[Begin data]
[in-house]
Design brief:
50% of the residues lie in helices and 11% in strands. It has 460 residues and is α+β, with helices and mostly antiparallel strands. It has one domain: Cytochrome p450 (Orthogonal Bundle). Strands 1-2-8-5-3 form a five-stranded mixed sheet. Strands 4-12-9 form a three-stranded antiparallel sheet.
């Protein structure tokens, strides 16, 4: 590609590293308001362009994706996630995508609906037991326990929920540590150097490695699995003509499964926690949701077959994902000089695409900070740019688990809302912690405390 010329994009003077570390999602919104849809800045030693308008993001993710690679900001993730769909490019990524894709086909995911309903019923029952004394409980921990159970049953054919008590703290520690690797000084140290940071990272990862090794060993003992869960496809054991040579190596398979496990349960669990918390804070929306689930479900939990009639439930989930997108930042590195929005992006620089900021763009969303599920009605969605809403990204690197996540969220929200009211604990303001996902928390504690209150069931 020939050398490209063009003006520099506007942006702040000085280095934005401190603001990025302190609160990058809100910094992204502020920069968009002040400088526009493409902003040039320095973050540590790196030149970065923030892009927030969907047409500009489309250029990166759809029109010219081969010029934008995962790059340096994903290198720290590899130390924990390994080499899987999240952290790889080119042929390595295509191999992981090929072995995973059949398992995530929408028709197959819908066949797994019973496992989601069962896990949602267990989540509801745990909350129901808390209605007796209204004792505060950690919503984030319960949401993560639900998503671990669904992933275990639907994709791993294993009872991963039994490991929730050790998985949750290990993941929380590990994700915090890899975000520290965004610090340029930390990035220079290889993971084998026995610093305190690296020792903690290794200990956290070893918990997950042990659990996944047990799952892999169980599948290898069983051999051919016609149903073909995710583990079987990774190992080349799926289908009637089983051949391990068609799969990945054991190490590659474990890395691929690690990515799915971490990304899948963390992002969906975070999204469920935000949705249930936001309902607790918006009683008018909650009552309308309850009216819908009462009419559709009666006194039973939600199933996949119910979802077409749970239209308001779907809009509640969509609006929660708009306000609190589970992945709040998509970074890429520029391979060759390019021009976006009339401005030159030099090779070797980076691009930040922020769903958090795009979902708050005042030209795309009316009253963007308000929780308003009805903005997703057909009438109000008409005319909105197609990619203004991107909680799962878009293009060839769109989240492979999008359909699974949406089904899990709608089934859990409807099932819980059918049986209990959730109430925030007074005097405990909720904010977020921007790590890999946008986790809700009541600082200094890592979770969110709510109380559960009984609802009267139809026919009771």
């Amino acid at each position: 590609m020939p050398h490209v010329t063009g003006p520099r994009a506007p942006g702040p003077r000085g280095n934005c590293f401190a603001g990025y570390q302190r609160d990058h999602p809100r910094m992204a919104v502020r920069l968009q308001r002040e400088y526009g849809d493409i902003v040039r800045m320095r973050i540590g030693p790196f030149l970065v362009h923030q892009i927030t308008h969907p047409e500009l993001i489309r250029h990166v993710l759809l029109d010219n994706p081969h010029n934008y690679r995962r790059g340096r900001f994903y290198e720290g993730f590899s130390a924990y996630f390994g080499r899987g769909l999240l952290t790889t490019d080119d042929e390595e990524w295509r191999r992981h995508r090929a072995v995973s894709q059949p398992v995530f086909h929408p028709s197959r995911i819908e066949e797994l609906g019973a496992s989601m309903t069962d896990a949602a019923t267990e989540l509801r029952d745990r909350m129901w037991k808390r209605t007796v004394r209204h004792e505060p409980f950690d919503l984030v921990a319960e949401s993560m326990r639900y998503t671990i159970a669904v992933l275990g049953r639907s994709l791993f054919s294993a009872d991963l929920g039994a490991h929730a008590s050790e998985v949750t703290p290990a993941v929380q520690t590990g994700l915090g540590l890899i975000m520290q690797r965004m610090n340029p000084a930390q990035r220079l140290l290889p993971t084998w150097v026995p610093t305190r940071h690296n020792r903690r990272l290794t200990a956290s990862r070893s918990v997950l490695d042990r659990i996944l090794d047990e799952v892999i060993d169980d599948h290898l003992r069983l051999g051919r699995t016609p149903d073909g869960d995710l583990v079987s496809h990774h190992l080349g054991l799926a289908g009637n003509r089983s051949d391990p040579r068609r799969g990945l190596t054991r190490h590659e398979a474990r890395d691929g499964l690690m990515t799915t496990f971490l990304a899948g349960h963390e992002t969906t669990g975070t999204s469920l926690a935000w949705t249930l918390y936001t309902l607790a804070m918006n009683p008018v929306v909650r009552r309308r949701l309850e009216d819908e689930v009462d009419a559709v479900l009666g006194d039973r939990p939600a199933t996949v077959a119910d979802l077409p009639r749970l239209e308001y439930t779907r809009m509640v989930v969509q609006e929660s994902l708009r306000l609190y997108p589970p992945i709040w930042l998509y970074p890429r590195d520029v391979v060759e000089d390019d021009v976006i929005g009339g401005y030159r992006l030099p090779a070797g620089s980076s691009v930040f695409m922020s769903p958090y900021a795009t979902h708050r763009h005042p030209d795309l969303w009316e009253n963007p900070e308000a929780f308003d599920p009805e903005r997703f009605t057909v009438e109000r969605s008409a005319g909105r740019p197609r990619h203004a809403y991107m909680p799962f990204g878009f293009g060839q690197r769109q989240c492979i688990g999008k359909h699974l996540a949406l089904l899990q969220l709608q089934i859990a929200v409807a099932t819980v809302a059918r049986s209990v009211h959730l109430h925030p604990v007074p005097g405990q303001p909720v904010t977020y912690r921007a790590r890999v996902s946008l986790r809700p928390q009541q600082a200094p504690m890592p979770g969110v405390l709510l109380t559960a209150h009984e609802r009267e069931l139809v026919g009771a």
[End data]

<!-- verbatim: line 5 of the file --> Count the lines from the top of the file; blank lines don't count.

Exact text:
């Amino acid at each position: 590609m020939p050398h490209v010329t063009g003006p520099r994009a506007p942006g702040p003077r000085g280095n934005c590293f401190a603001g990025y570390q302190r609160d990058h999602p809100r910094m992204a919104v502020r920069l968009q308001r002040e400088y526009g849809d493409i902003v040039r800045m320095r973050i540590g030693p790196f030149l970065v362009h923030q892009i927030t308008h969907p047409e500009l993001i489309r250029h990166v993710l759809l029109d010219n994706p081969h010029n934008y690679r995962r790059g340096r900001f994903y290198e720290g993730f590899s130390a924990y996630f390994g080499r899987g769909l999240l952290t790889t490019d080119d042929e390595e990524w295509r191999r992981h995508r090929a072995v995973s894709q059949p398992v995530f086909h929408p028709s197959r995911i819908e066949e797994l609906g019973a496992s989601m309903t069962d896990a949602a019923t267990e989540l509801r029952d745990r909350m129901w037991k808390r209605t007796v004394r209204h004792e505060p409980f950690d919503l984030v921990a319960e949401s993560m326990r639900y998503t671990i159970a669904v992933l275990g049953r639907s994709l791993f054919s294993a009872d991963l929920g039994a490991h929730a008590s050790e998985v949750t703290p290990a993941v929380q520690t590990g994700l915090g540590l890899i975000m520290q690797r965004m610090n340029p000084a930390q990035r220079l140290l290889p993971t084998w150097v026995p610093t305190r940071h690296n020792r903690r990272l290794t200990a956290s990862r070893s918990v997950l490695d042990r659990i996944l090794d047990e799952v892999i060993d169980d599948h290898l003992r069983l051999g051919r699995t016609p149903d073909g869960d995710l583990v079987s496809h990774h190992l080349g054991l799926a289908g009637n003509r089983s051949d391990p040579r068609r799969g990945l190596t054991r190490h590659e398979a474990r890395d691929g499964l690690m990515t799915t496990f971490l990304a899948g349960h963390e992002t969906t669990g975070t999204s469920l926690a935000w949705t249930l918390y936001t309902l607790a804070m918006n009683p008018v929306v909650r009552r309308r949701l309850e009216d819908e689930v009462d009419a559709v479900l009666g006194d039973r939990p939600a199933t996949v077959a119910d979802l077409p009639r749970l239209e308001y439930t779907r809009m509640v989930v969509q609006e929660s994902l708009r306000l609190y997108p589970p992945i709040w930042l998509y970074p890429r590195d520029v391979v060759e000089d390019d021009v976006i929005g009339g401005y030159r992006l030099p090779a070797g620089s980076s691009v930040f695409m922020s769903p958090y900021a795009t979902h708050r763009h005042p030209d795309l969303w009316e009253n963007p900070e308000a929780f308003d599920p009805e903005r997703f009605t057909v009438e109000r969605s008409a005319g909105r740019p197609r990619h203004a809403y991107m909680p799962f990204g878009f293009g060839q690197r769109q989240c492979i688990g999008k359909h699974l996540a949406l089904l899990q969220l709608q089934i859990a929200v409807a099932t819980v809302a059918r049986s209990v009211h959730l109430h925030p604990v007074p005097g405990q303001p909720v904010t977020y912690r921007a790590r890999v996902s946008l986790r809700p928390q009541q600082a200094p504690m890592p979770g969110v405390l709510l109380t559960a209150h009984e609802r009267e069931l139809v026919g009771a």